Recent Submissions

  • Florida’s First Magnitude Springsheds

    Greenhalgh, Tom (Florida Geological Survey, 2003)
    (1 poster)
  • Land Use and Spring Protection

    Bond, P. (Florida Geological Survey, 2003)
    (1 poster)
  • Protecting Florida’s Springs

    Bond, P. (Florida Geological Survey, 2002)
    (1 poster)
  • Earth Systems: the foundation of Florida’s Ecosystems

    Lane, Ed; Rupert, Frank R. (Florida Geological Survey, 1996)
    (1 poster)
  • Common Cenozoic Echinoids from Florida

    Rupert, Frank R.; Portell, Roger; Oyen, Craig (Florida Geological Survey, 1993)
    (1 poster)
  • Florida's hydrogeologic environment

    Bond, P. (Florida Geological Survey, 2002)
    (1 poster)
  • Geologic History of Florida

    Hatchett, L. (Florida Geological Survey, 2000)
    (1 poster)
  • A geological overview of Florida

    Scott, Thomas M. (Florida Geological Survey, 1992)
    (PDF contains 80 pages.)
  • Lithology and palynology of cave floor sediment cores from Wakulla Spring, Wakulla County, Florida

    Rupert, Frank R. (Florida Geological Survey, 1991)
    Five short bottom sediment cores taken in Wakulla Spring Wakulla County, Florida, were described lithologicallyand sampled for palynological study. Four of the cores were recoveredfrom sediments at the spring cave entrance(130 feet water depth). One core was taken in a fossil vertebrate bone bed, 280 feet distance into the main springcave at a water depth of 240 feet. Sediments in the cores are composed of alternating intervals of quartz sand andcalcilitite, containing freshwater diatoms, freshwater mollusk shells and plant remains. The predominant pollenpresent in all cores consists of a periporate variety typical of the herb families Chenopodiaceae and Amaranthaceae.Arboreal flora, typical of the area surrounding the spring today, represent a very low percentage of thle pollenassemblage in the cores. Clustered Chenopod-Amaranth type pollen observed in one core suggest minimal transportprior to deposition, and indicate that the bottom sediments in the cave may be essentially In situ. An absence ofexotic flora suggests a Quaternary age for the sediments. (PDF contains 11 pages.)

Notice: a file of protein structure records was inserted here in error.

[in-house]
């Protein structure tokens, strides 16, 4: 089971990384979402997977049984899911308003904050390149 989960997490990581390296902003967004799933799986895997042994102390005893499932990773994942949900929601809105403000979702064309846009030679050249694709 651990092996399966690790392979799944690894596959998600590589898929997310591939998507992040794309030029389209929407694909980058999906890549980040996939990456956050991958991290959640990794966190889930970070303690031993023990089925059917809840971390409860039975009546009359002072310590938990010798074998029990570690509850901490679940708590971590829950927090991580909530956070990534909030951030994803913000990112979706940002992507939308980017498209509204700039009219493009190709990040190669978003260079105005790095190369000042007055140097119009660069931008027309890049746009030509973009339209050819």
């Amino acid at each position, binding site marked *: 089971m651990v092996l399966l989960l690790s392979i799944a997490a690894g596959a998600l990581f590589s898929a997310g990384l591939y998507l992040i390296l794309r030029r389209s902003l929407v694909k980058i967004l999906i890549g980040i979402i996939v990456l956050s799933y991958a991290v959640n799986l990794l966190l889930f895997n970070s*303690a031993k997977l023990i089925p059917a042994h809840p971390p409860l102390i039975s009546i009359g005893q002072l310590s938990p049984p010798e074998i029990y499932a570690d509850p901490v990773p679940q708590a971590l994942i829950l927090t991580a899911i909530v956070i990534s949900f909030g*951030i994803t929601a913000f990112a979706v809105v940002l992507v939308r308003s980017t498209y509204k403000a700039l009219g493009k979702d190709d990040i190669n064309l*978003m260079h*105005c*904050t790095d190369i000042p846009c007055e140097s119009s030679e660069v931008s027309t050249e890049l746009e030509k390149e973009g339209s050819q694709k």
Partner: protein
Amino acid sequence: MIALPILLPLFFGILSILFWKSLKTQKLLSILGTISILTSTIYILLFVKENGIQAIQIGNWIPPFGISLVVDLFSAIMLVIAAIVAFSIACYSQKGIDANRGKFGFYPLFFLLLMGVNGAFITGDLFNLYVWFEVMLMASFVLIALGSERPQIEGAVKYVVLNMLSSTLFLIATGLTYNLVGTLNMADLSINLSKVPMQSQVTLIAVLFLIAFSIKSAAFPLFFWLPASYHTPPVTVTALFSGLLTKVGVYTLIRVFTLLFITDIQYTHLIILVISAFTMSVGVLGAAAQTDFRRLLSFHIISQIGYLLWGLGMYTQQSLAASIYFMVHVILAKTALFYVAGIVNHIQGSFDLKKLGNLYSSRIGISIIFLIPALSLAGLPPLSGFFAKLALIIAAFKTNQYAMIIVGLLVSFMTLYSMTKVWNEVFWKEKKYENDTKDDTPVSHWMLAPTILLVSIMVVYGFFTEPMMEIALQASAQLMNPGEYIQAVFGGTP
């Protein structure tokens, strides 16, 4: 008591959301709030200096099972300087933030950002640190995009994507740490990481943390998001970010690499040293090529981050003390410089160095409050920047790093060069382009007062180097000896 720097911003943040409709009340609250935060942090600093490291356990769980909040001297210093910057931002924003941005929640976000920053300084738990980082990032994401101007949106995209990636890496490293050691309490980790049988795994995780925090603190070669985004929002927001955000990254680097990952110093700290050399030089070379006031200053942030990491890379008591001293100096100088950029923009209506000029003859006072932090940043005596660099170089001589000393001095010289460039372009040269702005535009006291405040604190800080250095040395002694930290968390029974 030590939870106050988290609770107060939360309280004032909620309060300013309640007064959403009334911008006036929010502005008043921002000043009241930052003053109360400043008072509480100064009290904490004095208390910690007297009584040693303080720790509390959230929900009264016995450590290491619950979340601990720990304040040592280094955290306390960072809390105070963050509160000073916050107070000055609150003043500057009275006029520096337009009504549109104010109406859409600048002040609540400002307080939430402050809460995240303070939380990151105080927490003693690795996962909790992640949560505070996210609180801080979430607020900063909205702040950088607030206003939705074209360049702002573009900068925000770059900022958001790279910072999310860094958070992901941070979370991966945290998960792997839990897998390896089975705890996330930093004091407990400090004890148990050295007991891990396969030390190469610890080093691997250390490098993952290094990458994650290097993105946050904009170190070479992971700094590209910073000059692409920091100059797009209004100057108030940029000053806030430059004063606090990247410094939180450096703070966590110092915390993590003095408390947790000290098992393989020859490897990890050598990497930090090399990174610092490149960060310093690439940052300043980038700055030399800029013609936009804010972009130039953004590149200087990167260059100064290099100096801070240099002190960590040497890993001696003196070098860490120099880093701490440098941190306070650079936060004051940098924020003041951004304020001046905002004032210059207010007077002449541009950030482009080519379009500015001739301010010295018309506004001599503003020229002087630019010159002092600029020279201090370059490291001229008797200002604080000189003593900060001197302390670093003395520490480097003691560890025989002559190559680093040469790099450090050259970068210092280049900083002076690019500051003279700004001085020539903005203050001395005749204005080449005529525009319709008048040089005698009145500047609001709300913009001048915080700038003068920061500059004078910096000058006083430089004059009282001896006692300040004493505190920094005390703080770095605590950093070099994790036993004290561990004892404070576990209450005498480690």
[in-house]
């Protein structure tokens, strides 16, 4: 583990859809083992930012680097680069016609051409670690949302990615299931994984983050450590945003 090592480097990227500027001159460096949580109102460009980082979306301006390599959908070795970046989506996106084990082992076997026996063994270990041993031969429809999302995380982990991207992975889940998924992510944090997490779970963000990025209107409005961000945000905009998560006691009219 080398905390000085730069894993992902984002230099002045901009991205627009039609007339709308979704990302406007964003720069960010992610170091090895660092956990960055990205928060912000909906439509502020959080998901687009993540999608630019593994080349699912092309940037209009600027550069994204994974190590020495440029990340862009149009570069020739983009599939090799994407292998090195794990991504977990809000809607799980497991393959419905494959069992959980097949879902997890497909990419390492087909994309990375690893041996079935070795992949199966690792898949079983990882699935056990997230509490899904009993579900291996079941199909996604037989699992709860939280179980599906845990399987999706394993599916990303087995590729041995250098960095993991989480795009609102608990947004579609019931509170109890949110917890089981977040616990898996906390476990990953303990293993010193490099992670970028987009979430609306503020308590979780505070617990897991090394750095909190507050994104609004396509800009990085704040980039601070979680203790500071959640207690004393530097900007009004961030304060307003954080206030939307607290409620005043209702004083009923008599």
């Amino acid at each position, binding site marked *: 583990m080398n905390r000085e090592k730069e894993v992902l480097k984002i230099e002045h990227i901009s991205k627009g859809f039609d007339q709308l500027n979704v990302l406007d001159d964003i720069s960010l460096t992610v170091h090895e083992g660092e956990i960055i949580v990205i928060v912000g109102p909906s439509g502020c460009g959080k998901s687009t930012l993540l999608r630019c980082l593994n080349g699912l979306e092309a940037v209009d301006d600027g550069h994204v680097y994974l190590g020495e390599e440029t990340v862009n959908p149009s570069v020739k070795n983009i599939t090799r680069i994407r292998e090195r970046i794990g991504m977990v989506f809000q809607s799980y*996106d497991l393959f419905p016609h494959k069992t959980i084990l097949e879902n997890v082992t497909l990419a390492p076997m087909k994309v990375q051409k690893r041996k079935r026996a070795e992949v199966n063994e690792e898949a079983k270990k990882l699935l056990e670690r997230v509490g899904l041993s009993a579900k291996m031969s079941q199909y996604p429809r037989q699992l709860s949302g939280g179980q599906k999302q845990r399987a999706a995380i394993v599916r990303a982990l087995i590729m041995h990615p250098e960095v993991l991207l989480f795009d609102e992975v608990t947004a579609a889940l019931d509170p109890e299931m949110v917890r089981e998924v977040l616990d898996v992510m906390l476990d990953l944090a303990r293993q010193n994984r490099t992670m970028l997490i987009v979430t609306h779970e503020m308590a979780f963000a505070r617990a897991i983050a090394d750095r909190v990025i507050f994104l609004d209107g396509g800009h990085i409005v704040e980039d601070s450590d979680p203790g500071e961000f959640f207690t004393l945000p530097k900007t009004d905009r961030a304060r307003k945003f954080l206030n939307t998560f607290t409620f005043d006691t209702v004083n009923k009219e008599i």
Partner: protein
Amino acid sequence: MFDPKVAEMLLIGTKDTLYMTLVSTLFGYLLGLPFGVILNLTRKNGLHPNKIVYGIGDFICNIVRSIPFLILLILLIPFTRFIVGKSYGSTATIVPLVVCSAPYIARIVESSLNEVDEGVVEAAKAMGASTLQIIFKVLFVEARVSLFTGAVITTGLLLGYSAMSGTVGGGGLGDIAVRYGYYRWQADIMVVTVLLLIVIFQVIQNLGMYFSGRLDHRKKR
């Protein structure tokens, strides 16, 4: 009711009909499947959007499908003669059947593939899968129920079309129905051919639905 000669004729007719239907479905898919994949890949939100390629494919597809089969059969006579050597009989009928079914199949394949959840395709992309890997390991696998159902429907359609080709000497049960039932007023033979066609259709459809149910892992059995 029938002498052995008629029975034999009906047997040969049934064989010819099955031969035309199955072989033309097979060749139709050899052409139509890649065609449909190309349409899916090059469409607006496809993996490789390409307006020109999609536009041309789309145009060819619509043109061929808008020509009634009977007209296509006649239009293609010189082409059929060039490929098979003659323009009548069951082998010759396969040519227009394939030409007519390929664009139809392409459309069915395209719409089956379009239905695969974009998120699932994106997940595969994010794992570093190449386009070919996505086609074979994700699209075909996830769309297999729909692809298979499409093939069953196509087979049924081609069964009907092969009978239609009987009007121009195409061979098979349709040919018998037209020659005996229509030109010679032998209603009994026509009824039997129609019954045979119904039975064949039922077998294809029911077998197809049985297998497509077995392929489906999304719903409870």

• Characterization of the sediments overlying the Floridan aquifer system in Alachua County, Florida

    Green, Richard; Duncan, Joel; Seal, Thomas; Weinberg, J. Michael; Rupert, Frank (Florida Geological Survey, 1989)
    The primary purpose of this project is to attempt toimprove the existing hydrogeologic information through lithologicand hydrogeologic characterizations of the sediments overlying theFloridan aquifer system in Alachua County. These sediments locallycomprise both the intermediate aquifer system and associatedconfining beds and the surficial aquifer system. (PDF has 119 pages.)
  • Geology and geomorphology of Florida's coastal marshes

    Rupert, Frank R,; Arthur, Jonathan D. (Florida Geological Survey, 1990)
    (PDF contains 16 pages.)
  • Florida's ground water quality monitoring program: background hydrogeochemistry

    Maddox, Gary; Upchurch, Sam; Lloyd, Jacqueline; Scott, Tom (Florida Geological Survey, 1992)
    The purpose of this report is to present theresults of the initial quantification of backgroundwater quality in each of the state's major potableaquifer systems. Results are presented andinterpreted in light of the influencing factors whichlocally and regionally affect ambient ground-waterquality. This initial data will serve as a baselinefrom which future sampling results can becompared. Future sampling of the Network willindicate the extent to which Florida's regionalground-water resources are improving or decliningin quality. (Document has 378 pages.)
  • Springs of Florida

    Scott, Thomas M.; Means, Guy H.; Meegan, Rebecca P.; Means, Ryan C.; Upchurch, Sam; Copeland, R.E.; Jones, James; Roberts, Tina; Willet, Alan (Florida Geological Survey, 2004)